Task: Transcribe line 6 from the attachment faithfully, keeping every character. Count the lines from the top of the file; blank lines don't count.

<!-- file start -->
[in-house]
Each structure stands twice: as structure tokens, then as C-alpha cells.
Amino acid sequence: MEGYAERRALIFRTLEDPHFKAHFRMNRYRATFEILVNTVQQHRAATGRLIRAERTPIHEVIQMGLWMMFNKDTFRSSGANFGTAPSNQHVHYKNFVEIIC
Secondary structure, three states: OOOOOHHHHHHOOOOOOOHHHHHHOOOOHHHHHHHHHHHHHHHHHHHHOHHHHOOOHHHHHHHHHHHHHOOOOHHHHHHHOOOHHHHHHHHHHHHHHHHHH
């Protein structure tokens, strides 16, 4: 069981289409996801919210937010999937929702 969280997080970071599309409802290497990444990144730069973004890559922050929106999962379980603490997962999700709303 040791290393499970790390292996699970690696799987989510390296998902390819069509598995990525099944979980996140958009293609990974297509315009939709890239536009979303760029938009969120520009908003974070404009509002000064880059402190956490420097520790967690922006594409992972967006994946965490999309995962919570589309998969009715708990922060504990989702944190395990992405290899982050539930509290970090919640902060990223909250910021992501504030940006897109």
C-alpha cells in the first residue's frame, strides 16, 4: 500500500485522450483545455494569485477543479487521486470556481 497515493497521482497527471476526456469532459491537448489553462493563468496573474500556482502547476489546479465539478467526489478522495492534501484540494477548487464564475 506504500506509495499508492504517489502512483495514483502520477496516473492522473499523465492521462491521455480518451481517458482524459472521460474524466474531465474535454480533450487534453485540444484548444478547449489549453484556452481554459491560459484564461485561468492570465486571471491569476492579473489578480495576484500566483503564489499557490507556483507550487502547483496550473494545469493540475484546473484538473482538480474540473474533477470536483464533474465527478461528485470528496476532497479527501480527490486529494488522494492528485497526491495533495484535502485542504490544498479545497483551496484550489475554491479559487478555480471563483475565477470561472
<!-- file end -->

C-alpha cells in the first residue's frame, strides 16, 4: 500500500485522450483545455494569485477543479487521486470556481 497515493497521482497527471476526456469532459491537448489553462493563468496573474500556482502547476489546479465539478467526489478522495492534501484540494477548487464564475 506504500506509495499508492504517489502512483495514483502520477496516473492522473499523465492521462491521455480518451481517458482524459472521460474524466474531465474535454480533450487534453485540444484548444478547449489549453484556452481554459491560459484564461485561468492570465486571471491569476492579473489578480495576484500566483503564489499557490507556483507550487502547483496550473494545469493540475484546473484538473482538480474540473474533477470536483464533474465527478461528485470528496476532497479527501480527490486529494488522494492528485497526491495533495484535502485542504490544498479545497483551496484550489475554491479559487478555480471563483475565477470561472